We examined the stability of emulsions of oil in several nonaqueous polar liquids using commercially available nonionic surfactants. Stable nonaqueous emulsions were only obtained with formamide and dimethylsulfoxide. Hydrogen bonding, and not polarity, appears to be the important factor determining the emulsifying power of a solvent. Ostwald ripening plays a much more important role in the stability of these nonaqueous emulsions than in the corresponding aqueous systems. This destabilizing process can be prevented, however, by addition to the oil phase of a small amount (1%) of an oil that has a very low solubility in the continuous phase. Furthermore, a larger size of the surfactant molecule protects emulsions against droplet coalescence. Thus, emulsions in formamide and dimethylsulfoxide did not show any breakdown when stabilized with a triblock copolymer of polyoxyethylene-polyoxypropylene-polyoxyethylene.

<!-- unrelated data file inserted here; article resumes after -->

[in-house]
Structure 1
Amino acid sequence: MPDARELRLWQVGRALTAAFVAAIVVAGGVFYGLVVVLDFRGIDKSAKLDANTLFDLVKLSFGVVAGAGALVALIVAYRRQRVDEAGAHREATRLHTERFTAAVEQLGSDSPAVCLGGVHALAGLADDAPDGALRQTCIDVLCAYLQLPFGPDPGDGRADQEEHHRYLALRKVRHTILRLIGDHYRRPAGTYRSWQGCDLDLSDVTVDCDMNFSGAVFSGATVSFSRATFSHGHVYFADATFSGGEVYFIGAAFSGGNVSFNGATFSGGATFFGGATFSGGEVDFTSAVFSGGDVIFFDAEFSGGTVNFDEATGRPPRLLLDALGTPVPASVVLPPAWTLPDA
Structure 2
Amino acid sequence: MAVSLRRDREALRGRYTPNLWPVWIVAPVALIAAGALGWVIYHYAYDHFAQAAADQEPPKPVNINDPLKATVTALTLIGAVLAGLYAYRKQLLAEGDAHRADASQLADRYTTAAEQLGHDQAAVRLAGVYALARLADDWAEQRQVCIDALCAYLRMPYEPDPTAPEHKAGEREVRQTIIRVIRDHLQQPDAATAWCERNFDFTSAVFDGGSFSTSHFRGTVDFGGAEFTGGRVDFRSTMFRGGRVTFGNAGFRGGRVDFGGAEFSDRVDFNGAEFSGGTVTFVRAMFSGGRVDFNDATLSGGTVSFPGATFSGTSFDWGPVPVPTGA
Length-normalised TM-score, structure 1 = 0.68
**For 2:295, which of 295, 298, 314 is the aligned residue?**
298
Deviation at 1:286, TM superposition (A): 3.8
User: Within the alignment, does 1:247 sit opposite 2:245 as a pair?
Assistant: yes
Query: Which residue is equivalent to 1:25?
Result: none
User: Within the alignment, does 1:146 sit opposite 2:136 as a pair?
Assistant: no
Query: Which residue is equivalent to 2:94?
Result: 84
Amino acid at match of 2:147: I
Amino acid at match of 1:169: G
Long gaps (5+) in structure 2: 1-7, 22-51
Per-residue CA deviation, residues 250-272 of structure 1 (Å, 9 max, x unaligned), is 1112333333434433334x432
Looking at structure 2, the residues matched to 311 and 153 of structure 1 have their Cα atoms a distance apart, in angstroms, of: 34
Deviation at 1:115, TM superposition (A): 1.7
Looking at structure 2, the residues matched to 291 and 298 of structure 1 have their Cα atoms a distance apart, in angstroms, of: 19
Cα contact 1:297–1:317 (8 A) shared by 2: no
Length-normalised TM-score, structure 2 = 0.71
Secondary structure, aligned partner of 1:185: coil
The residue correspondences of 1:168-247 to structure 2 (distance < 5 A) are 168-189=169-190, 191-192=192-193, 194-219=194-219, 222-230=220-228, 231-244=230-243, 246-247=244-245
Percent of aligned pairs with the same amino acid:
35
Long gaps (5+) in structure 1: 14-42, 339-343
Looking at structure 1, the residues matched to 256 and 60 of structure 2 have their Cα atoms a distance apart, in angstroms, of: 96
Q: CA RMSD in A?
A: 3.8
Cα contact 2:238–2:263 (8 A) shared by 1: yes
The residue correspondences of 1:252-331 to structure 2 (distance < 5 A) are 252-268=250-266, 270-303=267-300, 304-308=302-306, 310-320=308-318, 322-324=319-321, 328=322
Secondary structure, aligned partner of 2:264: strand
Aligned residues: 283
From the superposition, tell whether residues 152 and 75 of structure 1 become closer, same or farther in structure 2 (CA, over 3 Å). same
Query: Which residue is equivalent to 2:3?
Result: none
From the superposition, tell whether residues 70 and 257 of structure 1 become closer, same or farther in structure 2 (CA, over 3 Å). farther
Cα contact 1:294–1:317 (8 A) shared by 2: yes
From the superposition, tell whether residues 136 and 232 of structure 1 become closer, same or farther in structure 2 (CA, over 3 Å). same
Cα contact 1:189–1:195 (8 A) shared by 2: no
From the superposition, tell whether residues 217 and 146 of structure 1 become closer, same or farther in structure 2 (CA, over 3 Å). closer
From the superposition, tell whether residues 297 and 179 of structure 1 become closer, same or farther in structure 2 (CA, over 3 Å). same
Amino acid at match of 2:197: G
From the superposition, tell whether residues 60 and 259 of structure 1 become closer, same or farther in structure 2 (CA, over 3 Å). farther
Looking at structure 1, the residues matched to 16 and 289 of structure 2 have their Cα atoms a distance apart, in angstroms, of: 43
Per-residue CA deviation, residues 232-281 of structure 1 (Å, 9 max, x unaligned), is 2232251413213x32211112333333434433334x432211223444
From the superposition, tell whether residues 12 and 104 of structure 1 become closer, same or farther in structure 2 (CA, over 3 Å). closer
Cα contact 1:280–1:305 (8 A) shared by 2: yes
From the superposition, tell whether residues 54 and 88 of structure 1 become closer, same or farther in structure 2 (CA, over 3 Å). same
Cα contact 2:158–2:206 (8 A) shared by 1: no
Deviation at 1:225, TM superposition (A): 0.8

- Ostwald ripening
ASJC Scopus subject areas
- Electronic, Optical and Magnetic Materials
- Surfaces, Coatings and Films
- Colloid and Surface Chemistry